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One of my staff submitted a safety article for our Company newsletter that gave the following definition of safety from Webster's Encyclopedic Unabridged Dictionary of the English Language (1996): "the quality of averting nor causing injury, danger or loss."

One of the readers inquired as to how the use of the word "nor" here could possibly be correct.

If it is in fact a correct usage, I'm hoping that somebody can explain the rule.

Thank you.
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That seems rather unusual. I think it's a misprint.
Nevertheless, "nor" means "and not".

Neither he nor I = Not he and not I.

-- I don't like it.
-- Nor do I (like it either) = And I do not (like it either).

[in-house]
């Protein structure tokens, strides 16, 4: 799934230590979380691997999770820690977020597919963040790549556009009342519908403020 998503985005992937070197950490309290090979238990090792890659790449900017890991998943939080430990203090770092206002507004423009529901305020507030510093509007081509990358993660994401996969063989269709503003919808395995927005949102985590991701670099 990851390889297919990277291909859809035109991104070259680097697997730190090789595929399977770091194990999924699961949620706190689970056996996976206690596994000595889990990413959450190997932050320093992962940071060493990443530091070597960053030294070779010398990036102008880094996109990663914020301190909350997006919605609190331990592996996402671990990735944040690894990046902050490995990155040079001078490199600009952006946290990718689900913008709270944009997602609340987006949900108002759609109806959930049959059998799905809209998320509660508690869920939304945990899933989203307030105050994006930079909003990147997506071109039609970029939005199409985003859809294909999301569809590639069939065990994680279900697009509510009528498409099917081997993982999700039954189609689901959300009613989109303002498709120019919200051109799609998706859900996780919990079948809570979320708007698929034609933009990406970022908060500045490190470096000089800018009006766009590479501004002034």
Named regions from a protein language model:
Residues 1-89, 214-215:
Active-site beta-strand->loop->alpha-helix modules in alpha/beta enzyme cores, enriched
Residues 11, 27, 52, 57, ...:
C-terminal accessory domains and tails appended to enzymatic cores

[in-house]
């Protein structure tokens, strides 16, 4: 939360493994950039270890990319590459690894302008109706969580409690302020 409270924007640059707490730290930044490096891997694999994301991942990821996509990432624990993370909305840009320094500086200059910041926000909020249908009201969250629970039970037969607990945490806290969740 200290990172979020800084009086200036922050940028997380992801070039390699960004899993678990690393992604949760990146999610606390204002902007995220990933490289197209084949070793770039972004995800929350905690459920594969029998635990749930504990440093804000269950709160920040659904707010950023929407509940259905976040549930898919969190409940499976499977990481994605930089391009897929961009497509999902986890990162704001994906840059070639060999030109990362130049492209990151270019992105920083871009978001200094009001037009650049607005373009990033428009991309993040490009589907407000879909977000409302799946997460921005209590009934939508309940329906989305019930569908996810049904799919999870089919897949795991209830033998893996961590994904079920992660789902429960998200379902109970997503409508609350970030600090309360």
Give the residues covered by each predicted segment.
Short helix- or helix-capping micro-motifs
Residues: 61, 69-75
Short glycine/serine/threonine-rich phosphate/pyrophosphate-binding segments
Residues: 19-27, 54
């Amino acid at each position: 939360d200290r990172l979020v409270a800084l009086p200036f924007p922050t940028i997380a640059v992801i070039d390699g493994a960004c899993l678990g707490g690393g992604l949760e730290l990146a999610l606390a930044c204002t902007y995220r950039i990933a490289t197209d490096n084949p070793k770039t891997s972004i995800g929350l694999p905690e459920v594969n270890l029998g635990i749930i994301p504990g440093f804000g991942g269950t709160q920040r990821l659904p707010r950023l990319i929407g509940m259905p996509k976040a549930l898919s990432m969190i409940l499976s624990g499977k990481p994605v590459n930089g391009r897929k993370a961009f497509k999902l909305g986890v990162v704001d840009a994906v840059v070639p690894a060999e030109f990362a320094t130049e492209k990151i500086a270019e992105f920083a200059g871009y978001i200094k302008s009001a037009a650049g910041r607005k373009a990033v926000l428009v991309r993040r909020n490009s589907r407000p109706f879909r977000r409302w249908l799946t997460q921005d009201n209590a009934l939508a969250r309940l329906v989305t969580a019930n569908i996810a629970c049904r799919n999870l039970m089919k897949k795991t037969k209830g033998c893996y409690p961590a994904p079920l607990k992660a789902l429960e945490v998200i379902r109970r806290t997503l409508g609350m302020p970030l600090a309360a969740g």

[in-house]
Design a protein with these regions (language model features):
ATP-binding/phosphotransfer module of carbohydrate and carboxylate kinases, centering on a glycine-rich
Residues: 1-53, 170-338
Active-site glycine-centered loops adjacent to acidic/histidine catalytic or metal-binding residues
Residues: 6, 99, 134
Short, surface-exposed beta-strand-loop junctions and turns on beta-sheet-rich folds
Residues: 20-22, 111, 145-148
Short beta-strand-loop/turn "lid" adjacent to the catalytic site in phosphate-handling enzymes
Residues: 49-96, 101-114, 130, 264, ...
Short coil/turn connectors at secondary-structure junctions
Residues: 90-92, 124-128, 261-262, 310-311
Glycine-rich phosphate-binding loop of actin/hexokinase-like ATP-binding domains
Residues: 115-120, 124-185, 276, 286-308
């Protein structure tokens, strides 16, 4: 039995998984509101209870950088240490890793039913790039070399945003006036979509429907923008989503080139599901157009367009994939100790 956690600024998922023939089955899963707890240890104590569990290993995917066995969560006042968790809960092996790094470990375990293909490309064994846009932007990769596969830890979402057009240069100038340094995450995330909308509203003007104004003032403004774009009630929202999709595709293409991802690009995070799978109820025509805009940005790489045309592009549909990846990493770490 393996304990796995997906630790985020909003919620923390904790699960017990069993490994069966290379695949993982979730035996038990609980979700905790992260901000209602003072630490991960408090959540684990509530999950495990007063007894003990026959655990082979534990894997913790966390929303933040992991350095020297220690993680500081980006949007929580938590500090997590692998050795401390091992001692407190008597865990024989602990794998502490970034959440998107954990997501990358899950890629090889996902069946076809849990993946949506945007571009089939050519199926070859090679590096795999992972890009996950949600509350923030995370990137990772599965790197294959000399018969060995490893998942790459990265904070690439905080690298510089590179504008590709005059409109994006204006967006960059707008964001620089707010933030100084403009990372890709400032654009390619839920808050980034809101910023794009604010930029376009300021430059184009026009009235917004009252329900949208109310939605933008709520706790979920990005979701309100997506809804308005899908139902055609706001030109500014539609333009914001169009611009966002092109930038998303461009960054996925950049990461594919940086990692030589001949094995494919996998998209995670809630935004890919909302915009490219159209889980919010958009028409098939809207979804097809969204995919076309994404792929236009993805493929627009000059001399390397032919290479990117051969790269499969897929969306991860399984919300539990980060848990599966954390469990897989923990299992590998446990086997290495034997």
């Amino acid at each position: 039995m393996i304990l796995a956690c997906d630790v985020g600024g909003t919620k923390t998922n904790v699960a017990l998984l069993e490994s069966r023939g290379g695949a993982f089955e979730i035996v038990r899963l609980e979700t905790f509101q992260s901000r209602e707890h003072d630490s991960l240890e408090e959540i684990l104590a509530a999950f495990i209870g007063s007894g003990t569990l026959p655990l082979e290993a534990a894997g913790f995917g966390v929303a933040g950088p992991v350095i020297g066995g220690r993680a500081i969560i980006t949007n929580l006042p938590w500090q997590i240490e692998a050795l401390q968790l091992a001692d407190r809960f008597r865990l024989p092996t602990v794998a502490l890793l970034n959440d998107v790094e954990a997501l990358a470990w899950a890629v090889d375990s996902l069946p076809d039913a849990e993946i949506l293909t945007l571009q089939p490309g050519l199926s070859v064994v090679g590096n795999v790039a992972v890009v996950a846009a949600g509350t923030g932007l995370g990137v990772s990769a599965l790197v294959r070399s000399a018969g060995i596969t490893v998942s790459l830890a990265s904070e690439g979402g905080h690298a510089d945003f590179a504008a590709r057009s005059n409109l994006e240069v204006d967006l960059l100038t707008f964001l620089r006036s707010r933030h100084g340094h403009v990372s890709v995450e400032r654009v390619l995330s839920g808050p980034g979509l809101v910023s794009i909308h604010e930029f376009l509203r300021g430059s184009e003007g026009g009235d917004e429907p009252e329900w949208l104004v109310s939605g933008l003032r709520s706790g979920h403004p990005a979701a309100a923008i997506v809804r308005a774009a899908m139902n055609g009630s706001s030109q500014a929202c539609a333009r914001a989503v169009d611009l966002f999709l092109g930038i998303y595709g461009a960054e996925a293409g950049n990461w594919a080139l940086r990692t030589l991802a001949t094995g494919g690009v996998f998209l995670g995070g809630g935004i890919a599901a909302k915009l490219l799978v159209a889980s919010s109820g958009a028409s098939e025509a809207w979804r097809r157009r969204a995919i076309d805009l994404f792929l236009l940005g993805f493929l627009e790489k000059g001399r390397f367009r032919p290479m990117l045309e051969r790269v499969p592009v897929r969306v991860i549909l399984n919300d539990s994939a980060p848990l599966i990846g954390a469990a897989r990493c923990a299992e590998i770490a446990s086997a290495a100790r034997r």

the quality of averting and not causing injury, ..
.

Water, water, every where,
And all the boards did shrink ;
Water, water, every where,
Nor any drop to drink.

(And not any drop to drink)

-- "The Rime of the Ancient Mariner" by Samuel Taylor Coleridge

CJ
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Thank you, CJ, from another Jim in California whose nickname happens to be CJ (but not standing for California Jim).
another Jim in California
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